Saturday 24 August 2013

UKIP, Nigel Farage, populist politics

This interview with Nigel Farage was a slightly peculiar read.  It's hardly that surprising that a populist politician is, in person, affable and good company - that's really his purpose in life.

He's often praised for his 'refreshing honesty' but I think 'honesty' is the wrong word entirely.  He's refreshingly candid, sure.  He certainly provides a stark contrast to other politician's default mode of robotic soundbite-spewing.  As an outsider who shows just how homogeneous and monotonous the rest of our politicians have become he has value.

However, no amount of blokey affability should distract from the intellectual and moral bankruptcy of his politics.  He's a Little Englander through and through and the fact that there are a lot of those about doesn't make it any better.

Nature as 'beyond the human'

The concept of nature as 'what is non-human' or 'beyond human influence' no longer makes any sense. It's a remnant of theology. If you believe humans to have perishable bodies but immortal souls then we are part natural, part supernatural. If you believe that our consciousness, our thought, our reason, our morality, etc. are part of our souls then it makes sense to separate them from 'nature.' If we're made in god's image then it makes perfect sense to see the rest of existence as apart from (and perhaps subservient to) us.

Of course, few actually believe in such nonsense these days (or few would admit to doing so) but our concept of nature still derives from just such a separation.

We can't 'intervene' in nature - we're already part of it. Our influence on the climate is not any more existentially profound than an abnormally large bloom of algae or something. Of course, unlike algae, we have an understanding and awareness of what we are doing but that capacity for consciousness is itself internal to nature - one of its more remarkable products.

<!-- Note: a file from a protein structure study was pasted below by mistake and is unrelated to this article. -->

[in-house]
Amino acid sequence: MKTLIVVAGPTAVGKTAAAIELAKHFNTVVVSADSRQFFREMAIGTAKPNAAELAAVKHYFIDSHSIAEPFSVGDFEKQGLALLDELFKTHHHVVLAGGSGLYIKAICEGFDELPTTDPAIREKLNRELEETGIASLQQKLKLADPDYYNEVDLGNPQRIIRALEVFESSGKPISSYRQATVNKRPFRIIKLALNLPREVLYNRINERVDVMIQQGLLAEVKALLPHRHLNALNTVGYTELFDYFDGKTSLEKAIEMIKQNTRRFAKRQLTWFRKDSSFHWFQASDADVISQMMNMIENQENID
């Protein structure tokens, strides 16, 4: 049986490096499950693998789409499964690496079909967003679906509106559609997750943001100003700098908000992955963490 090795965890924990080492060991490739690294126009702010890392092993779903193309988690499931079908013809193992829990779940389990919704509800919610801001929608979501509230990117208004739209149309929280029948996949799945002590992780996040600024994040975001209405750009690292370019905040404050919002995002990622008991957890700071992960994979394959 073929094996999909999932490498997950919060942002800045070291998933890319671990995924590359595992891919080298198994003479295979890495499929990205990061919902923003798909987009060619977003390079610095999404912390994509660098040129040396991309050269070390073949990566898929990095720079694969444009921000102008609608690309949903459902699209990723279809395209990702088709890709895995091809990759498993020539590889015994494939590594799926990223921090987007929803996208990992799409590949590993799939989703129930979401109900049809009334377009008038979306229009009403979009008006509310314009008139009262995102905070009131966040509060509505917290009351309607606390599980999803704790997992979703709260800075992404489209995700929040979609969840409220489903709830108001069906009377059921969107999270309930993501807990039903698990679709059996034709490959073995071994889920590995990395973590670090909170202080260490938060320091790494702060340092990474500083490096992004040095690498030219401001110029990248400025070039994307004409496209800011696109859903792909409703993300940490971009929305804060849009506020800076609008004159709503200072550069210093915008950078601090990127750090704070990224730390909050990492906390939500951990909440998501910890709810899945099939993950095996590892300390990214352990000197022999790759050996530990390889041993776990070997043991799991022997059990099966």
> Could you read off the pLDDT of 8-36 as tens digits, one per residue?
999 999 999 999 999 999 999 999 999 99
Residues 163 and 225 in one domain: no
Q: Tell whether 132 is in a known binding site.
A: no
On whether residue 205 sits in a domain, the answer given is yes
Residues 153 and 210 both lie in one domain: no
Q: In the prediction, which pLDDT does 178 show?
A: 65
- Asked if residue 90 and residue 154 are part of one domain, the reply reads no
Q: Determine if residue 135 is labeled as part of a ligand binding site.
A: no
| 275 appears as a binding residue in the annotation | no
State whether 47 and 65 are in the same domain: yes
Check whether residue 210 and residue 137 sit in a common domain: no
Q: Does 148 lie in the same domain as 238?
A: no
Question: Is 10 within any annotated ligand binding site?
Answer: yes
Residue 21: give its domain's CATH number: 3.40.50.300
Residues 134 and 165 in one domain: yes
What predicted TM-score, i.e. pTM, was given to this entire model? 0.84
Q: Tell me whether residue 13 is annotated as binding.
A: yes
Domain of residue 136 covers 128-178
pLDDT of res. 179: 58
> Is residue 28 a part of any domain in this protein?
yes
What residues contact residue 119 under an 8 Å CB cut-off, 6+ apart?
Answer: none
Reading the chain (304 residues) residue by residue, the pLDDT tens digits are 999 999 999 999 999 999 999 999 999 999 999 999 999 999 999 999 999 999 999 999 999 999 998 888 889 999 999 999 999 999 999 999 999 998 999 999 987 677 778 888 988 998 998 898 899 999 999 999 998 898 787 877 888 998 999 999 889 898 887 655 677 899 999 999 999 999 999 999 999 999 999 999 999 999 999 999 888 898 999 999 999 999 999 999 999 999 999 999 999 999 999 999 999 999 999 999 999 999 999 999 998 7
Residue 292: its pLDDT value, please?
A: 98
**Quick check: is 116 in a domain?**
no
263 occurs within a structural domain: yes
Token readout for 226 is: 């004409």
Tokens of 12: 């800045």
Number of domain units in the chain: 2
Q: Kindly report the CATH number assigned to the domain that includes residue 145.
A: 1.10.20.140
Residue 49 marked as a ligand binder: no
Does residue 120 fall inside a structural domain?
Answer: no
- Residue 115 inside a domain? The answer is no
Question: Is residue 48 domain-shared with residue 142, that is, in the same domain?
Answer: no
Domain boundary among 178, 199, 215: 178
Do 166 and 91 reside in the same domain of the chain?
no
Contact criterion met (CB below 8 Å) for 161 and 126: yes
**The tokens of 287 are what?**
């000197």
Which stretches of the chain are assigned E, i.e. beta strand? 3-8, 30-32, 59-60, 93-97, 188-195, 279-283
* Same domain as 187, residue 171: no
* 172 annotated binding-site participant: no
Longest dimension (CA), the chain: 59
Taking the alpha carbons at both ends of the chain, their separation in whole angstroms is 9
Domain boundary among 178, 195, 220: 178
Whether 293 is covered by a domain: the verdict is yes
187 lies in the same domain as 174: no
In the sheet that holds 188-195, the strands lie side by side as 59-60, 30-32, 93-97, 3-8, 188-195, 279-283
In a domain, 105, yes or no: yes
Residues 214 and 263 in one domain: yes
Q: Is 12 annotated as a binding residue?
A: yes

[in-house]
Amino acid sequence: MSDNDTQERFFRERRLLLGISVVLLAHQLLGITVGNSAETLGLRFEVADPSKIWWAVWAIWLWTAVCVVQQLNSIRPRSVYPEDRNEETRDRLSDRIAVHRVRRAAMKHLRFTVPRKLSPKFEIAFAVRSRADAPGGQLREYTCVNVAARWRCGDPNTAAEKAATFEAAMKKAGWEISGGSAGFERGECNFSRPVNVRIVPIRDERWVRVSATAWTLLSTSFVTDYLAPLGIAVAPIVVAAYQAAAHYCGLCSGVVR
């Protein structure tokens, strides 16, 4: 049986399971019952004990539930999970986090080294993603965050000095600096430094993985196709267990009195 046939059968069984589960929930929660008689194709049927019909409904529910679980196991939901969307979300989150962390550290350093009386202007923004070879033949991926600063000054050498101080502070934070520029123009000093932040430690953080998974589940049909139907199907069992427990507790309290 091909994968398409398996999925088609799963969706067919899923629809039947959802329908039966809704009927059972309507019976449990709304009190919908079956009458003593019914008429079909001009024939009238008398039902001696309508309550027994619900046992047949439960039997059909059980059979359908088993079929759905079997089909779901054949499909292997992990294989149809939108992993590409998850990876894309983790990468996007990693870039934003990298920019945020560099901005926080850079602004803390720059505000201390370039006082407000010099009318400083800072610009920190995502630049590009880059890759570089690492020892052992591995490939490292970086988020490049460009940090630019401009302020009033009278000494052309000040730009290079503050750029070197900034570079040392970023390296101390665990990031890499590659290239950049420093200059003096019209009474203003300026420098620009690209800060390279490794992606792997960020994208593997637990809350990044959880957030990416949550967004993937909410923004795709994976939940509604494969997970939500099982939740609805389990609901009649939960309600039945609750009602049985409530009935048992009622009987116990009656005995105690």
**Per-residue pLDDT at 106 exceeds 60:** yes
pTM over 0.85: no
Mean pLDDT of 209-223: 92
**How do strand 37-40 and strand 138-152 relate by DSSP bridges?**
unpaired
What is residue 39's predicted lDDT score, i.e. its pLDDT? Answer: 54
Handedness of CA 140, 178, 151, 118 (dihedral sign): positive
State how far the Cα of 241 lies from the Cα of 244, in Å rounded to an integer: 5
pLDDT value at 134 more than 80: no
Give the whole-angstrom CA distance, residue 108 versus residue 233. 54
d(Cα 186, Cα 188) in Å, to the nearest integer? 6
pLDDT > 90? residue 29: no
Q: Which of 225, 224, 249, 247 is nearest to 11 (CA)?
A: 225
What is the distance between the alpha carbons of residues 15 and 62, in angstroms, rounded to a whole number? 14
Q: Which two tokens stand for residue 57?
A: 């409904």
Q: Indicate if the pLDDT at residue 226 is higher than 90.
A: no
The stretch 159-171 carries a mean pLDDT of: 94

Human beings are fully natural beings, just like any other. Given modern understandings of existence 'nature' can only be a synonym for 'reality' or 'the universe.' In other words, it covers everything and as such has no real meaning. As something 'other than the human' it is nonsensical.

Some comments on scientific consensus, climate cynics, peer review

Science is majoritarian. There is no 'vote' as such but how else can controversies be decided? By magic? They're decided, temporarily, when most scientists agree on them - until something else happens to change the consensus.

The trick is that minority views, if they are true, must find a way to become the majority view by providing convincing evidence and argument. This never happens all at once or without struggle but a strong enough case will win out in the end.

The fact that climate sceptics/cynics are a minority doesn't mean that they're wrong. The fact that they continue to be a minority and have no actually convincing evidence or arguments - that means that they're wrong.

It's most frustrating people say 'peer reviewed' as if it meant 'scientifically certified.'  'Peer review' in a general sense doesn't end at publication. Scientists continually review, reproduce,reinforce and criticise other scientist's work. That's where scientific objectivity comes from.

The Peer Review stage of publication is only the first step. It only guarantees that a paper is worthy of wider attention, debate and scrutiny, not that it's flawless and unassailable.

'Peer review' in a general sense can go on for years, decades, centuries even. When a previously accepted idea is overturned that is because peers have reviewed it and convinced themselves through experimentation and argument that another set of observations or another interpretation of the facts is superior.

David Miranda, apologism, double standards

Cases like the David Miranda detention really bring the political worms out of the woodwork.  There's always a reserve army of right-wingers ready and willing to defend the indefensible.